From UPSC perspective, the following things are important :
Prelims level : Neutral foreign policy
Mains level : Switzerland’s Neutrality Policy
Switzerland broke its 200-year long neutrality policy to sanction Moscow and its leaders.
What is the news?
- Switzerland announced that it would join the European Union (EU) in closing the Swiss airspace to Russian aeroplanes.
- It also wished for imposing financial sanctions on Russian President Vladimir Putin and other leaders.
Switzerland’s Policy of Permanent Neutrality
- The tiny Alpine nation the size of Haryana has had a neutrality policy in place since 1815.
- Its official website attests to this, noting that “permanent neutrality is a principle of Swiss foreign policy.”
- Though it serves as the headquarters of several diplomatic missions and as the venue for historic treaties like the Geneva Convention, Switzerland is not a part of the European Union or NATO.
- Historically, the Swiss had been famed warriors with expansionist ambitions until the 1500s when they lost the Battle of Marignano to the French.
- The years that followed saw the Swiss shift its foreign policy to that of being an armed impartial state during wartime, a stance which was sorely tested in the decades that followed.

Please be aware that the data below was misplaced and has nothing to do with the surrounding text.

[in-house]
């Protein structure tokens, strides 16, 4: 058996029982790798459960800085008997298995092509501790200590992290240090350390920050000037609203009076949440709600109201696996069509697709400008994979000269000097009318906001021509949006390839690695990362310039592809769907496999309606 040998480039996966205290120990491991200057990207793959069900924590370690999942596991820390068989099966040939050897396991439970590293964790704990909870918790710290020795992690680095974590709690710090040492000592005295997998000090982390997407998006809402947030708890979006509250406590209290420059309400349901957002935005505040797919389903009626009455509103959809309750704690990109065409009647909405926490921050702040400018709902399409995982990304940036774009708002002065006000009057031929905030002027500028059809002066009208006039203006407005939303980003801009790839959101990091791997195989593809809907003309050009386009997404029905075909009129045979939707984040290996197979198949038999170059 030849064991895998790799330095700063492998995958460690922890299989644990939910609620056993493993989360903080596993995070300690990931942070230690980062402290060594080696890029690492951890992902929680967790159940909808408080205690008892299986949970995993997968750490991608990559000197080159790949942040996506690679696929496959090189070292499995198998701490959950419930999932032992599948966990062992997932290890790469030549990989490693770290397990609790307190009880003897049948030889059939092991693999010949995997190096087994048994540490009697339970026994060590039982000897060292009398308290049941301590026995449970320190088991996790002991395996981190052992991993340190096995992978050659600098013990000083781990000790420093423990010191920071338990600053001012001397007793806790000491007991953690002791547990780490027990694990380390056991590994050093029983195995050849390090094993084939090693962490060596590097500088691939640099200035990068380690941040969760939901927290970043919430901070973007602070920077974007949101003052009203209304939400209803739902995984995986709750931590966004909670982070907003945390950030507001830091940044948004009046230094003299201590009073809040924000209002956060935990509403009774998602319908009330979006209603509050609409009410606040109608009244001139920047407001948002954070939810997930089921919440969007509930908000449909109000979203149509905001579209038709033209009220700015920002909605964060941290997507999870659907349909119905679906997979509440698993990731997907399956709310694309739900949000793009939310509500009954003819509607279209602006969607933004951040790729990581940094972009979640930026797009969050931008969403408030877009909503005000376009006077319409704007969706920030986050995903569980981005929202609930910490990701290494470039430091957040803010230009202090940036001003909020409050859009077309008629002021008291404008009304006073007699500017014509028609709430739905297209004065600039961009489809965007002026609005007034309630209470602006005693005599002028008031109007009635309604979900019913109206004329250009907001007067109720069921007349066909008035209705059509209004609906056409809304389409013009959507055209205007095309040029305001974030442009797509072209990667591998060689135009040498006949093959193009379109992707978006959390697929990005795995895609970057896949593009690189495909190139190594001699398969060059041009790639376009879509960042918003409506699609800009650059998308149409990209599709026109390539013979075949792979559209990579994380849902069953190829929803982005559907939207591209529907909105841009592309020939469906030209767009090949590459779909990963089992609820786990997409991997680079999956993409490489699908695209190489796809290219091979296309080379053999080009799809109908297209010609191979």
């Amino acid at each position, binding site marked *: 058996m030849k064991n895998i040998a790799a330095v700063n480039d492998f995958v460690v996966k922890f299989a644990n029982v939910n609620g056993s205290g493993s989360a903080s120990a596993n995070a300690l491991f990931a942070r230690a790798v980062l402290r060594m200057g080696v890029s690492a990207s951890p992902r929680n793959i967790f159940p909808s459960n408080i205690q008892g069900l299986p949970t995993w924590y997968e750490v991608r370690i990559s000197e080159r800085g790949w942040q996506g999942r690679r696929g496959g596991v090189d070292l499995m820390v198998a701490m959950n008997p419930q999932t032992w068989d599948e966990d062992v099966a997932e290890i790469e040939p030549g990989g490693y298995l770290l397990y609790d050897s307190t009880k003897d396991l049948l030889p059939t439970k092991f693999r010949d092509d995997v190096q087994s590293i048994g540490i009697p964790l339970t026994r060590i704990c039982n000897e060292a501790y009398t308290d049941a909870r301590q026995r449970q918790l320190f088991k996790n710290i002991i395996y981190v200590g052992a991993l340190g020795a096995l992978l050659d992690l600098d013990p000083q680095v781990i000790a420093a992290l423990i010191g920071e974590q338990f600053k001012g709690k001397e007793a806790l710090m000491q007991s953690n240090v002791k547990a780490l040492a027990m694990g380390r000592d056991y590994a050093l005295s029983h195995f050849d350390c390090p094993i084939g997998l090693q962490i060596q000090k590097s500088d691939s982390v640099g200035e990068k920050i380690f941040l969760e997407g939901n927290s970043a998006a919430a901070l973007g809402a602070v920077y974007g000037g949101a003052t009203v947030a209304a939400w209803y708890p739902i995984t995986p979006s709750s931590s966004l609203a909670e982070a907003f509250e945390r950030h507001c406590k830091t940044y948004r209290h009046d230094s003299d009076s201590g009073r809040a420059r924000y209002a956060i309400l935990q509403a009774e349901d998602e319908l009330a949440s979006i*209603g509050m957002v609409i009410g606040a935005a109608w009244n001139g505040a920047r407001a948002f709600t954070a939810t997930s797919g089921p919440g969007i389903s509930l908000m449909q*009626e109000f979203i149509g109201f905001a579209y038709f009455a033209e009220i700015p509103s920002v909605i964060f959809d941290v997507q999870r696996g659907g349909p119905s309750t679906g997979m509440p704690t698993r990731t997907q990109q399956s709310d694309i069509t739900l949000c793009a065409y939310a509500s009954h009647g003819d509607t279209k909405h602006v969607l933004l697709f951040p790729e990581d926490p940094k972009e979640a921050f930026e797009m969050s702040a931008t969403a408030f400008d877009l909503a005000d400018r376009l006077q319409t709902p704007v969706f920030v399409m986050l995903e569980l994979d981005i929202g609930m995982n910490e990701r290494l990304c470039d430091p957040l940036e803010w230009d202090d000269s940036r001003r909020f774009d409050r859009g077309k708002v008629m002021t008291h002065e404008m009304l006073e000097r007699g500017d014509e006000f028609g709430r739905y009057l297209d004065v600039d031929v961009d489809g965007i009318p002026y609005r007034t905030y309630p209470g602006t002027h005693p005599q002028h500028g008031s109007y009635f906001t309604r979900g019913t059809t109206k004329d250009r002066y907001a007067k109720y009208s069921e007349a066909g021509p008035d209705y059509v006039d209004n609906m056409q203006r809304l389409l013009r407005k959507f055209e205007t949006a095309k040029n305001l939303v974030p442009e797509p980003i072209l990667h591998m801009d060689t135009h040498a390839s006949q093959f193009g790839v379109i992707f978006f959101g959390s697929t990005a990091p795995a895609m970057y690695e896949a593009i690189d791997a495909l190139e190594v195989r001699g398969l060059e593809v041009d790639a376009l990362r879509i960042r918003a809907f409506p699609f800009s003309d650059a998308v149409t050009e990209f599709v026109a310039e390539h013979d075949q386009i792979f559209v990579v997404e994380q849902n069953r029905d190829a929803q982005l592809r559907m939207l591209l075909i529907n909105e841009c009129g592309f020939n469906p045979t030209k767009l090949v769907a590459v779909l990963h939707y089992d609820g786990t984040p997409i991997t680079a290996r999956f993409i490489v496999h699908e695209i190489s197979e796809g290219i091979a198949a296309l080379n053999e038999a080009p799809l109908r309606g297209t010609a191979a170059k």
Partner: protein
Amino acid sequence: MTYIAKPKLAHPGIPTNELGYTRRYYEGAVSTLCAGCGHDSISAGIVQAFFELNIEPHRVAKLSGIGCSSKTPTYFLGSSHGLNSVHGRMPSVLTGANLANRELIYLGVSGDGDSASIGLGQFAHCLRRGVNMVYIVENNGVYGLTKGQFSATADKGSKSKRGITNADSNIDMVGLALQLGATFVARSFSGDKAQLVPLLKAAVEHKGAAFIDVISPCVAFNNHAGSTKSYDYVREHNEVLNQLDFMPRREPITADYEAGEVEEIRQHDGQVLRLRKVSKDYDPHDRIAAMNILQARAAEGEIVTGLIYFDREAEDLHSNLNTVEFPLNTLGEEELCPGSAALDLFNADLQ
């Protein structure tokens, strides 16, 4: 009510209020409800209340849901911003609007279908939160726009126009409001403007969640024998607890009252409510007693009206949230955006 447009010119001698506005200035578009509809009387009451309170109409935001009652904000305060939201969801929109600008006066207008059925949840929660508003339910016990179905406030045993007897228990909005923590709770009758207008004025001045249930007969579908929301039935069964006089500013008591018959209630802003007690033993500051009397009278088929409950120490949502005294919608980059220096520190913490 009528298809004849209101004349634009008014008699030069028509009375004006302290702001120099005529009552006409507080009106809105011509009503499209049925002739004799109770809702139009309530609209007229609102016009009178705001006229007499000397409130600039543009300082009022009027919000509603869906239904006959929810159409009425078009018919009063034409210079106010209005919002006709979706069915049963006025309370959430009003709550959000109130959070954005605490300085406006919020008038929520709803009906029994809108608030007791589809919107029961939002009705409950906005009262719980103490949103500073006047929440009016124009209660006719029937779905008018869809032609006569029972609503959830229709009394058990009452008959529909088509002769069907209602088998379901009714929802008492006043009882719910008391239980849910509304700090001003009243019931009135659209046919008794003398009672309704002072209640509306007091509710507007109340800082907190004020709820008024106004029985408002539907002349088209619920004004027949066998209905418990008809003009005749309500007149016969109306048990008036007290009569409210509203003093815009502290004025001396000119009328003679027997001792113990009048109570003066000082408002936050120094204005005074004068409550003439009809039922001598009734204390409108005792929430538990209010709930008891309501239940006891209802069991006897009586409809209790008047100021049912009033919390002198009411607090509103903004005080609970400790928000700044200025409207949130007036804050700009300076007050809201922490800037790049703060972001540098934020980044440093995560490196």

The World Wars and Switzerland
- Switzerland shares borders with Germany, France and Italy.
- During WW II, Switzerland found itself surrounded by Axis forces, with Hitler describing the land-locked territory as “a pimple on the face of Europe”.
- It used a combination of military deterrence, strategic planning and economic neutrality to hold its own in 1940s Europe.
- Besides this, the Swiss pursued a policy of armed neutrality, putting into place compulsory military service (which continues till date) to maintain military readiness in event of an invasion.
- Switzerland joined the United Nations as recently as 2002, putting an end to years to debate after 54 per cent of its population voting in favour of the move.
- The Swiss federal government had said that it had weighed its neutrality and peace policy considerations into account to reach its decision.
- The Swiss government has initially adopted a traditional and very narrow interpretation of neutrality, which translated to a decision to not issue any sanctions.
- However, the Swiss parliament and citizens strongly pushed back, arguing that Russia’s massive military aggression cannot be tolerated.
- This prompted the government to reconsider its position.